Citation for Ken Babstock’s “Methodist Hatchet”

Heather McHugh

Babstock is the live wire in the gene pool: stirring things up, rocking boats, disjoining easier conjunctions, jolting the culture’s DNA. From sea-and-skyscapes literally lettered, from the suspect core of our ‘décors? (‘lost heart’ informs that fashion’s stock and trade), he winds past mere mundanities to find the world again, with words for his divining wands. ‘Money’s the more virtual virtual,’ Babstock writes. ‘I don’t talk this way in Real Life.’ Cable-stitched by shopping channels, across northernmost America and more, desire is wired: With HGTV’s IV, or the PC’s ICU, we feed our merchandizing minds. ‘We bought this stuff,’ he says. Disclosure’s what he’s after, as wary of the cosy center as of the so-called cutting-edge. But get a load of those poetic closures: master craft in ‘Wikileaks and sea smoke’ weaving worlds of words together. Man of letters, he remarks the X’s on workmen’s safety vests; the V’s descending out of Gander, headed for the kind of down discounted in an Army-Navy store. A shapely mind will note the uppers, too; they’re cut with aspirin and talc. This guy is one ferocious logophile. A signature device, the ‘disconnected current gauge,’ trips all the switches: current cut off into currency – but also presents. It was ‘a gift,’ writes Babstock, with ‘its needle stilled between / ‘Reverse clips’ and ‘Start charge.’ Consult it / and it shivers on a hash mark.’ Thus, in a flash, the disused item (mere décor) becomes occasion for a gift: the wordsmith talent, not the dollar sign, with other hashes hinted, other hushes marked. The old and new worlds hackable in just one comprehensive stun, this shock of shiver to be had. Methodist Hatchet lets us have it. Thus do local gifts turn into global ones.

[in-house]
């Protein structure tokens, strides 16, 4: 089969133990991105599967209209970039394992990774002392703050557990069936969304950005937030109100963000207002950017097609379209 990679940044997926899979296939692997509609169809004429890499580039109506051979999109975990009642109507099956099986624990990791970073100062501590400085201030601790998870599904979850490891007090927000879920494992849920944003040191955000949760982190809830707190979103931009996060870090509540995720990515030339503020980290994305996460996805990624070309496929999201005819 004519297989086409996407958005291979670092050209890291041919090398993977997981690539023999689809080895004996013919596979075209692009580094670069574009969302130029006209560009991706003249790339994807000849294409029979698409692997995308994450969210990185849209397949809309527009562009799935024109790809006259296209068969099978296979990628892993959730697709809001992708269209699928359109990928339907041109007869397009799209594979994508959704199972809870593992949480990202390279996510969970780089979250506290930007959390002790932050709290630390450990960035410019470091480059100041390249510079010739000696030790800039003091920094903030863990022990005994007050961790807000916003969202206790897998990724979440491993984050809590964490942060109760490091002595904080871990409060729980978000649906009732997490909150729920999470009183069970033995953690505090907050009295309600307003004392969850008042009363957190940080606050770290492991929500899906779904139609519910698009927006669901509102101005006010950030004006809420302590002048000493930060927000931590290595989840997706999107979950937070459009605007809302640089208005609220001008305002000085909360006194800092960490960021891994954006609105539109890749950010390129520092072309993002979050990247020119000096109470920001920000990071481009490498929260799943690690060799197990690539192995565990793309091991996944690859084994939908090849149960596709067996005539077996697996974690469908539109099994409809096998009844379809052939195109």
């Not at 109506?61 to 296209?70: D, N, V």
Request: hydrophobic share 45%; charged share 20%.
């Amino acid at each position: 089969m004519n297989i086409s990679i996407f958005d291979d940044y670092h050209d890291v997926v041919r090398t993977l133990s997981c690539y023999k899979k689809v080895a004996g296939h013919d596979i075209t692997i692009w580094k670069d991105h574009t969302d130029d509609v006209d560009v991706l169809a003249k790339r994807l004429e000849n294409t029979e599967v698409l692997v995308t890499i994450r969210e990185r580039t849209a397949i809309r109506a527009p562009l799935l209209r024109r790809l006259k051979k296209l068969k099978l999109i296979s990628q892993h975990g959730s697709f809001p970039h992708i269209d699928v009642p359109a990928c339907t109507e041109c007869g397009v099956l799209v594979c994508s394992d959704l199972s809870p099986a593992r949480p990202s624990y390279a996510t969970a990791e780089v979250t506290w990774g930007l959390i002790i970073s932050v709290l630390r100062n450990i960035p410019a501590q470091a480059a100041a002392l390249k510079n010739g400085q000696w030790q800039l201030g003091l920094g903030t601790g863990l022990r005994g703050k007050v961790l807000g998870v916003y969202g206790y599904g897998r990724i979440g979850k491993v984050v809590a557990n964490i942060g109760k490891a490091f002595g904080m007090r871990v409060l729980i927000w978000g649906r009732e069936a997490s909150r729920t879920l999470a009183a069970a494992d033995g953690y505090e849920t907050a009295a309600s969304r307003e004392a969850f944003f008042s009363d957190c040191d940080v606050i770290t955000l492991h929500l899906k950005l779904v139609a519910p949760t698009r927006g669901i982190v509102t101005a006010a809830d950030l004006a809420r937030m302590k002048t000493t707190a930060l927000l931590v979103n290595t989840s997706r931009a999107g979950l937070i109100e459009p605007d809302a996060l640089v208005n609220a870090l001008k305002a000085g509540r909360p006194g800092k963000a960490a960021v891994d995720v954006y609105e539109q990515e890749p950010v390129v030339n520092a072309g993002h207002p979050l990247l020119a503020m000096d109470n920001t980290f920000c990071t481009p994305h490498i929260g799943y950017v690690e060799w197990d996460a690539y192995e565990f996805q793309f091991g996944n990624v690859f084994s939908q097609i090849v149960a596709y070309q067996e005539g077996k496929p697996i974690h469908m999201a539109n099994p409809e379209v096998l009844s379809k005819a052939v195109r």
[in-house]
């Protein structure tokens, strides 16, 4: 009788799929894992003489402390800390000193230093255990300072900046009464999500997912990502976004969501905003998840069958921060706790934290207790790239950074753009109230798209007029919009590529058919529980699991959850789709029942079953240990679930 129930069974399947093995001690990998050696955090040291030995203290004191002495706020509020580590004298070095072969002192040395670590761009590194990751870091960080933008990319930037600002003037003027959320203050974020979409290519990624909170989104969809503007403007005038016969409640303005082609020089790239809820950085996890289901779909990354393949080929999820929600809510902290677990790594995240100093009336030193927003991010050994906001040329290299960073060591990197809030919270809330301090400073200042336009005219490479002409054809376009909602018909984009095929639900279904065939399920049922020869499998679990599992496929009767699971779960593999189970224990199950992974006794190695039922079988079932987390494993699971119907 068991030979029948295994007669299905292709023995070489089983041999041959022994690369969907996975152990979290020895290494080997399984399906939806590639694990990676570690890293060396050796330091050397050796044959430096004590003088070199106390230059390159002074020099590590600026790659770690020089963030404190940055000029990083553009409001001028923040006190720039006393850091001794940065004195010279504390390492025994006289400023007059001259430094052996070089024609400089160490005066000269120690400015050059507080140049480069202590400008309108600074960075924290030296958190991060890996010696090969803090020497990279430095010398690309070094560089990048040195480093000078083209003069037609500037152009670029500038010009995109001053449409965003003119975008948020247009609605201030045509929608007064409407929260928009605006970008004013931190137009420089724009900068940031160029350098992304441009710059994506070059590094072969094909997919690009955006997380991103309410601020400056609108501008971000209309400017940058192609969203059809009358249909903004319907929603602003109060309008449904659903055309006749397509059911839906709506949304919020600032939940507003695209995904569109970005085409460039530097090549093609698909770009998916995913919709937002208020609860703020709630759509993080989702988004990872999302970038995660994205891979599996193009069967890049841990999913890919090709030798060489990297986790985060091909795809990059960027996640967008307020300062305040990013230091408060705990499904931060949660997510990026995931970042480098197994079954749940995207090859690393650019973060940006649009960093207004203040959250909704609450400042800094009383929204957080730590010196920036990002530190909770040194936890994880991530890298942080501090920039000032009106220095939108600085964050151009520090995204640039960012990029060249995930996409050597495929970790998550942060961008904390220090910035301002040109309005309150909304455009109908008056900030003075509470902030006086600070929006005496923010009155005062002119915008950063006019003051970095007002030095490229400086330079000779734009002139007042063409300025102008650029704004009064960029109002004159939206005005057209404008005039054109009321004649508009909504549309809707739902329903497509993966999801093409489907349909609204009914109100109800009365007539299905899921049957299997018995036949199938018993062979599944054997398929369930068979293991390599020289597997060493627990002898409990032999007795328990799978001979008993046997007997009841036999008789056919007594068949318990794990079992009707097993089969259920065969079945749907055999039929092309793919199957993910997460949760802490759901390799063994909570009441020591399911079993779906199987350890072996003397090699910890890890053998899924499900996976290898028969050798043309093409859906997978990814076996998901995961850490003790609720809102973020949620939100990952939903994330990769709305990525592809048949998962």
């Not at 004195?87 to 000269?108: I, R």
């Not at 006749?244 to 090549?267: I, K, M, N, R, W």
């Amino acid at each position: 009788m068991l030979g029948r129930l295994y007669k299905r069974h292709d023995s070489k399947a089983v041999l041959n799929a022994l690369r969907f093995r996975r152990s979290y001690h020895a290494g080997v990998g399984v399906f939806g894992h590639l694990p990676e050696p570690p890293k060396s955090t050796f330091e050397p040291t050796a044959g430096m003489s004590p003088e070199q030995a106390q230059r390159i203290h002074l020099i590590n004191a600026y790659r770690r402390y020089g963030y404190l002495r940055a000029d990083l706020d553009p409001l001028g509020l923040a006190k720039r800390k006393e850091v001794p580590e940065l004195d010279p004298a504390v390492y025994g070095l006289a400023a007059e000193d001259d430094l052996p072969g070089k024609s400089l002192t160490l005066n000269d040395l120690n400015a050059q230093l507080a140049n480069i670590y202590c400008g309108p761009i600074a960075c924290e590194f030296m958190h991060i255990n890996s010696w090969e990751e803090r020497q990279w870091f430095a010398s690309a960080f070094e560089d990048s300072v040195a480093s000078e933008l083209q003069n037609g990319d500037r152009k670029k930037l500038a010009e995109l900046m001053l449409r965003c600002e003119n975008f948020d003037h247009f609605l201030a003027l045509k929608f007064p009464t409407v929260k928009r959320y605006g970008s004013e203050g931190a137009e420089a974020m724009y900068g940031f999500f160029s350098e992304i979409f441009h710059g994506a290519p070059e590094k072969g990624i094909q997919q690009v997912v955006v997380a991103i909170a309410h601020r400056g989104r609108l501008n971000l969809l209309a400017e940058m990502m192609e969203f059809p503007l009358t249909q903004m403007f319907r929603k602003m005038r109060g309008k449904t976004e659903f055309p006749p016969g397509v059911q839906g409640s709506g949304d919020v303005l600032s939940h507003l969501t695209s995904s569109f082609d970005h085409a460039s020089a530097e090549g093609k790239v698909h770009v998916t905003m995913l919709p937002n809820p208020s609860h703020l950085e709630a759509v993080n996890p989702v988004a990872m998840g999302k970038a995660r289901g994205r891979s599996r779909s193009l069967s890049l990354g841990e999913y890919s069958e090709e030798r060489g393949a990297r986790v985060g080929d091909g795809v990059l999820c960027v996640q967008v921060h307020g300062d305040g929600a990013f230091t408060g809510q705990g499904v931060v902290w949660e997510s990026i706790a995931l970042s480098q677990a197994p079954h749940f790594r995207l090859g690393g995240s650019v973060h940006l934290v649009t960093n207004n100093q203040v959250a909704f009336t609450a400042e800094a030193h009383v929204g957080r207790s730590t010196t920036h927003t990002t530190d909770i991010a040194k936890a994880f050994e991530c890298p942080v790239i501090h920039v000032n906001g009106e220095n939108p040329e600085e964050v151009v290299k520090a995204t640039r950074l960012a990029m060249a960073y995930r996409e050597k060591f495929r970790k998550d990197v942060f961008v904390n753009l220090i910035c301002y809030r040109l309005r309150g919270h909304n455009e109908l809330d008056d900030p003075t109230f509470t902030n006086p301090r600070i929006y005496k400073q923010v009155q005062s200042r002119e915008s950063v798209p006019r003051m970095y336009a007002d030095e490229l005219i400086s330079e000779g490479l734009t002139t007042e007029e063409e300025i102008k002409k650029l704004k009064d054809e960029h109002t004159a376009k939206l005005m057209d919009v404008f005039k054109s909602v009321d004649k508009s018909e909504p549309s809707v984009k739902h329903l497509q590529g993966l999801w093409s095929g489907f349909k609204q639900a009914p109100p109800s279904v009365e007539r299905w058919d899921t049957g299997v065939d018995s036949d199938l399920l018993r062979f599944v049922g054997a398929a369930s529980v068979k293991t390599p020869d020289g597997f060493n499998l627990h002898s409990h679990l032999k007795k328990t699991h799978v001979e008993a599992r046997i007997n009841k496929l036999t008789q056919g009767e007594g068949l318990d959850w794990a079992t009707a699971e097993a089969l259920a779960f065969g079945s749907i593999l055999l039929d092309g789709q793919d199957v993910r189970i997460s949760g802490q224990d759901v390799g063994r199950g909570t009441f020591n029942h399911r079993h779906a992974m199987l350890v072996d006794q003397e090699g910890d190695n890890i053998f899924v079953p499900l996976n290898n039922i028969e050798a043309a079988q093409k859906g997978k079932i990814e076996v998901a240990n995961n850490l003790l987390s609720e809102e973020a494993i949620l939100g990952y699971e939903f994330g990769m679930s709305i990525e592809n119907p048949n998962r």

Notes on the Poem

When we consider each Poem of the Week, we regularly take as our cue the observations of our judges as they include the collection from which a poem came in that year's Griffin Poetry Prize shortlist. The judges capture those observations beautifully in the citations that accompany each shortlist announcement. Here are some of the thoughtful and well-crafted tributes to poetry collections that have been shortlisted for and won the Griffin Poetry Prize:
  • Men in the Off Hours by Anne Carson Griffin Poetry Prize 2001 - Canadian Winner (Judges: Carolyn Forche, Dennis Lee, Paul Muldoon)
  • Born to Slow Horses by Kamau Brathwaite Griffin Poetry Prize 2006 - International Winner (Judges: Lavinia Greenlaw, Lisa Robertson, Eliot Weinberger)
  • Ocean by Sue Goyette Griffin Poetry Prize 2014 - Canadian Shortlist (Judges: Robert Bringhurst, Jo Shapcott, CD Wright)
  • Conflict Resolution for Holy Beings by Joy Harjo Griffin Poetry Prize 2016 - International Shortlist (Judges: Alice Oswald, Tracy K Smith, Adam Sol)
One of the most striking citations concocted for a Griffin Poetry Prize shortlisted work is Heather McHugh's jauntily rhapsodic commendation for 2012 Griffin Poetry Prize Canadian winner Methodist Hatchet by Ken Babstock. (McHugh teamed up with David O'Meara and Fiona Sampson to judge the 2012 poetry contenders.) The citation riffs on Babstock's words, phrases, themes and rhythms with such infectious verve that it's loosely a glosa, certainly a poem unto itself. McHugh's accolades are warmly colloquial ... "But get a load of those poetic closures" and "This guy is one ferocious logophile" ... and clearly Babstock's crackling work has inspired the judge's own potent zingers, including: "Cable-stitched by shopping channels, across northernmost America and more, desire is wired: With HGTV’s IV, or the PC’s ICU, we feed our merchandizing minds." Electrified by the citation, we can't wait to devour the subject of such singular praise.

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